Wait so you can drop maths advanced but still take ext 1 and 2?For some schools you don’t have to sit the internal advanced exams, for others they make you just in case you want to drop.
You still attend the classes, you just don’t sit the test.Wait so you can drop maths advanced but still take ext 1 and 2?
What if you take advanced and ext 1 only - do all three units count towards your atar (assuming you do well in both courses)?You still attend the classes, you just don’t sit the test.
remember advanced is still assumed knowledge, so it’s not ‘dropped’
YesWhat if you take advanced and ext 1 only - do all three units count towards your atar (assuming you do well in both courses)?
Unless of course you are thinking of doing Medicine (which a large percentage of the a Maths Ext 2 cohort will apply for I’ll wager) because statistics is about the only part of high school maths that will be used in a medical career (unfortunately).What ezoolong said^ but skip the statistical analysis stuff Lmao
Yes good to learn, understand and apply it, but no need to memorise how the formulas work!Unless of course you are thinking of doing Medicine (which a large percentage of the a Maths Ext 2 cohort will apply for I’ll wager) because statistics is about the only part of high school maths that will be used in a medical career (unfortunately).
It’s never a good idea to memorise any formula. It’s always a good idea to understand how to apply it. Then, even if you can’t exactly recall a formula, as soon as you see it again, you know how to use it. I think that’s why I can still do Ext 2 maths after decades in a non maths career whereas my colleagues who all did well in 4U maths can barely help their kids with Yr 9 maths. Same goes for any acronyms to memorise lists BTW.Yes good to learn, understand and apply it, but no need to memorise how the formulas work!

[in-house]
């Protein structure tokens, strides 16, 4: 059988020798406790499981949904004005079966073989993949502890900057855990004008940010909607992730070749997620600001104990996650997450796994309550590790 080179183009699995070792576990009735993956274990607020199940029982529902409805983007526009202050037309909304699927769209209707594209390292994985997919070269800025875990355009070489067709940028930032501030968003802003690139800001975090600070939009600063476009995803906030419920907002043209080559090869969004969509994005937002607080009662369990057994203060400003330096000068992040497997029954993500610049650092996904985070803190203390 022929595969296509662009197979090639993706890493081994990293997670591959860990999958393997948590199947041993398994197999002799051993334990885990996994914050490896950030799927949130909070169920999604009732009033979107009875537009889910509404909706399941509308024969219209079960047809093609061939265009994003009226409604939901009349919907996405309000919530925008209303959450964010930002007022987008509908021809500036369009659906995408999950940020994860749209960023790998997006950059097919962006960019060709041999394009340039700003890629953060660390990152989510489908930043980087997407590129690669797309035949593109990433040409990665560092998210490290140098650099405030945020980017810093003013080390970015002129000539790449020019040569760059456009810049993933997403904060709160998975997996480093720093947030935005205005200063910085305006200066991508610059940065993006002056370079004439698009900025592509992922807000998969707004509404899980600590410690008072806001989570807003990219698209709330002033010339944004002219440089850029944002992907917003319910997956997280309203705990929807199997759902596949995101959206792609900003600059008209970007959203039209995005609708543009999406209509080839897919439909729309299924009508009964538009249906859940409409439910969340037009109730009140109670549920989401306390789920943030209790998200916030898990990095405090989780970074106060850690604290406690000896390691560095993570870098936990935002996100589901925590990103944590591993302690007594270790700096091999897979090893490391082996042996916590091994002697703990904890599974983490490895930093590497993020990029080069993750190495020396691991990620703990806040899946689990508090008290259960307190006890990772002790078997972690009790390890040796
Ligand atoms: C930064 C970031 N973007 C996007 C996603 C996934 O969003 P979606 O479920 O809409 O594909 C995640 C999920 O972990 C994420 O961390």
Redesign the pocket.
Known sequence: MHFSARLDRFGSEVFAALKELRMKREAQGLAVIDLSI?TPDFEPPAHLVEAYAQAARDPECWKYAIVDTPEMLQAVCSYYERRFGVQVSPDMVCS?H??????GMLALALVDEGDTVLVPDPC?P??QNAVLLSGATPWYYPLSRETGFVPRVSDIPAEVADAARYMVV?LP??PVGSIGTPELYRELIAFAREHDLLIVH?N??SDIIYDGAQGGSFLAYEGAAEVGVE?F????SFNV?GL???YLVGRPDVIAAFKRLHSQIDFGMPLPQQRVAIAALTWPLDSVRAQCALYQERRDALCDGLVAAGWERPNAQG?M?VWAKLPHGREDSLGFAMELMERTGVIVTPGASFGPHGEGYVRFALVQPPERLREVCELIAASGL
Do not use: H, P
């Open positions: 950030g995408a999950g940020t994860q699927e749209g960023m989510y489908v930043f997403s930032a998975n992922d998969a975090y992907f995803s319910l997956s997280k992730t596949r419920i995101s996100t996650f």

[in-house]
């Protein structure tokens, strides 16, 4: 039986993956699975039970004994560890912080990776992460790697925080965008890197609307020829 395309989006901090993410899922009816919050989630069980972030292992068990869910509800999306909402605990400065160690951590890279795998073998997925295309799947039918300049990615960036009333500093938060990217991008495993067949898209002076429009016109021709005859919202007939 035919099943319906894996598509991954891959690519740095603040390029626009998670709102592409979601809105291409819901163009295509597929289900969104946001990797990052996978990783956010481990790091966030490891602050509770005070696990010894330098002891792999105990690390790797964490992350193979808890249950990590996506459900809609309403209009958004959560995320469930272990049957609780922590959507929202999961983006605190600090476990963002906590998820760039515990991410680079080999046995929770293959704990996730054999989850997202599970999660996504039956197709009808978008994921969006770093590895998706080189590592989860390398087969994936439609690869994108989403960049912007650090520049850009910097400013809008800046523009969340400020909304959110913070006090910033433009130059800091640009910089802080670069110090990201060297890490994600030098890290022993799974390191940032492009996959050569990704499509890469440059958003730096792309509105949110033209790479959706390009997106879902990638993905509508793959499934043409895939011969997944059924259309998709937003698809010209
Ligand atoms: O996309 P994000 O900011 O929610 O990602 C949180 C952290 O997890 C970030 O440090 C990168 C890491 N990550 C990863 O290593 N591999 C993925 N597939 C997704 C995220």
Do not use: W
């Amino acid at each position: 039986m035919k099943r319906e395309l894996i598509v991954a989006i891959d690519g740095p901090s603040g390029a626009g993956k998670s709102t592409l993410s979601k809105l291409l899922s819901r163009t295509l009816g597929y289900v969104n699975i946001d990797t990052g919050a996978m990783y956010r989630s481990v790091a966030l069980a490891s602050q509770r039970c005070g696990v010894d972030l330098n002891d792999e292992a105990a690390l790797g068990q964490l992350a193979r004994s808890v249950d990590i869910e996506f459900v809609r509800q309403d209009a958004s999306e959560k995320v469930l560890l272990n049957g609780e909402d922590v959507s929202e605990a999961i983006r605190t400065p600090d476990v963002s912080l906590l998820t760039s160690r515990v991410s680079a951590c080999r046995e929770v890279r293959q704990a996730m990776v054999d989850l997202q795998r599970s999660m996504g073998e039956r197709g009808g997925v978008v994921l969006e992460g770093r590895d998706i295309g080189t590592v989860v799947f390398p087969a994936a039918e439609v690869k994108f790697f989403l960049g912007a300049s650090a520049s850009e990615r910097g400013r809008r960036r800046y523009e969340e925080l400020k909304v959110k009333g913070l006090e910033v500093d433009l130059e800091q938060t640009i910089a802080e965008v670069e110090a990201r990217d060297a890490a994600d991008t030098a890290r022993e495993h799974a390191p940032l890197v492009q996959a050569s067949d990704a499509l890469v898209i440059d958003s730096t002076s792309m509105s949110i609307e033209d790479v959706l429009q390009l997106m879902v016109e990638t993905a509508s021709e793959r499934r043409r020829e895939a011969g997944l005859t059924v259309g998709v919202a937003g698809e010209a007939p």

There really isn't much maths in medicine and if any, it'd be taught to the whole cohort because maths isn't a prerequisite for very many unis + a lot of students who didn't even take maths or non-standards who come from all sorts of careers make up medicine cohorts. I guess it is still nice to be able to teach your children maths after many years though.It’s never a good idea to memorise any formula. It’s always a good idea to understand how to apply it. Then, even if you can’t exactly recall a formula, as soon as you see it again, you know how to use it. I think that’s why I can still do Ext 2 maths after decades in a non maths career whereas my colleagues who all did well in 4U maths can barely help their kids with Yr 9 maths. Same goes for any acronyms to memorise lists BTW.
I agree wholeheartedly. For most formulas in maths and physics you can derive them.It’s never a good idea to memorise any formula. It’s always a good idea to understand how to apply it.
If your son takes ext 2 maths, he will have 4 units that will scale well, assuming he also does well in ext 1. If he takes Advanced and ext 1 only it will only be 3 units meaning he will need to take an additional extension course in some other subject or he takes another 2 unit course to reach 10 units which can take a great deal of time away from his other courses. What many students do is they take 12/13 units in year 11 with the intention of dropping 1 or 2, 2u courses after they pick up ext 2 math, this allows them to divided their time up for 10 units instead of 12/13.I don’t think it’s possible to sit all three exams in the same year because Adv Maths & Ext 2 are usually timetabled as simultaneous exam sessions. I wonder if anyone in this forum has sat the Adv Maths paper in an earlier grade and can advise whether the Adv Maths mark is automatically dropped from ATAR calculations as soon as the Ext 2 paper is attempted. My son is expecting that to happen next year when he sits the Ext 2 exam (which is a bit of a gamble since he got 98 on the Adv paper but if he doesn’t get at least 98, he still has another year for a second attempt at Ext 2).